Piano scales are one of the biggest stumbling blocks for most piano students. In this lesson, you’ll learn how to build any major scale at the piano; starting from any note.
We’ll focus on major scales since they’re best suited as a starting point. (There are three types of minor scale but only one type of major scale.)
You’ll need to know about half steps and whole steps in order to proceed with this lesson.
Most piano students know that if they play all the white keys between middle C and the next higher C, they’ll play a C major scale. Yet students tend to have difficulty learning the other major scales, and I’d like to help clear that up in this lesson.
Let’s take a look at the C major scale. In particular, let’s look at the piano keys you don’t play. In the case of C major these are the black keys. Here is an octave on the piano keyboard starting with C:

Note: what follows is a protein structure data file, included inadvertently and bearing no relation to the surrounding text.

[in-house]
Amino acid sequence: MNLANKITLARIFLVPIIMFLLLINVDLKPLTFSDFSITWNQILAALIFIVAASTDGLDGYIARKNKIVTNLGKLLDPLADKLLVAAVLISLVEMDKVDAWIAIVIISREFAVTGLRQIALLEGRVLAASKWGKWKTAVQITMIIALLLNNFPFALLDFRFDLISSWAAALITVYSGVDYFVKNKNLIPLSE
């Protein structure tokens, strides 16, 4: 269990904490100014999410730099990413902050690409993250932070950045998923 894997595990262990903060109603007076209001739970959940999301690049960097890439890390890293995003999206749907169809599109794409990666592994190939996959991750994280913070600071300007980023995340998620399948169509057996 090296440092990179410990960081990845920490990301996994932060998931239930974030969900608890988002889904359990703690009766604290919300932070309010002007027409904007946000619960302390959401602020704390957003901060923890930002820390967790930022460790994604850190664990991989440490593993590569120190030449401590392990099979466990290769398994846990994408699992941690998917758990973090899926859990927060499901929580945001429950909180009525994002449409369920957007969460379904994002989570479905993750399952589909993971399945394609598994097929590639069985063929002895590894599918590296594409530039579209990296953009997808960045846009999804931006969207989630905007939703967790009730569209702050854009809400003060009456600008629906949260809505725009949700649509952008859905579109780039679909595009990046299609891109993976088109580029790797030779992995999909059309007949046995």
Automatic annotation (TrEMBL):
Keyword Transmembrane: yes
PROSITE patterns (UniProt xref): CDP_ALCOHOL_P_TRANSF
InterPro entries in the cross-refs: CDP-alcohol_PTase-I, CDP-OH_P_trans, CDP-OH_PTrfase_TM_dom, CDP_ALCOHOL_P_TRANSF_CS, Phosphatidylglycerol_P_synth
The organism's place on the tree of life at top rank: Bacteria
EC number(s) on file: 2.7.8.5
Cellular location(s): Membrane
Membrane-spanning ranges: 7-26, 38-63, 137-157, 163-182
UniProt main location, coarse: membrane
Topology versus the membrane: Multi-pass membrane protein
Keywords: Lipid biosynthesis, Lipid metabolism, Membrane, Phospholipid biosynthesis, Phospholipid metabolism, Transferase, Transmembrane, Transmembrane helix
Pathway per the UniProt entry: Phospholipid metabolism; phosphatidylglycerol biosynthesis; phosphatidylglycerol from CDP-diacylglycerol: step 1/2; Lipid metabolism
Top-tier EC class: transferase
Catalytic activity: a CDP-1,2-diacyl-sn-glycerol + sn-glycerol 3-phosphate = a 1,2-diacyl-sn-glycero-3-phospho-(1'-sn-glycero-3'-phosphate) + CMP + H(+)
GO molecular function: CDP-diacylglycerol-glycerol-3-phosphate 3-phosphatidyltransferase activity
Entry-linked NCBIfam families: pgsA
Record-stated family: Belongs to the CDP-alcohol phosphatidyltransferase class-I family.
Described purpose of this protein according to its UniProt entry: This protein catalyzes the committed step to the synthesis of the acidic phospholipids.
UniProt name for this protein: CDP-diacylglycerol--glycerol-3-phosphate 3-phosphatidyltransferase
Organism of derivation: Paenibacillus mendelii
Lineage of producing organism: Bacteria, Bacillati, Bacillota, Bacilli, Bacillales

Notice how there’s a key between C and D? Since there’s exactly one key in between (the black key), the interval between C and D is a whole step.
Now let’s look at the next interval, from D to E. Since there’s also a key in between, it’s also a whole step.
The next interval is from E to F. These keys are touching each other, with nothing in between. This interval, then, is a half step.
F to G, G to A, and A to B all have one piano key in between. Therefore, these are all whole steps.
Finally, B and C are directly next to one another. This interval is therefore a half step.
Putting everything together, we discover that a C major scale is composed of the following intervals: whole, whole, half, whole, whole, whole, half (indicated as W and H in the diagram):
Using this formula (W W H W W W H), you can now play any major scale on the piano! Start on any key and use this pattern of whole and half steps, and you’ll play the major piano scale for that key.
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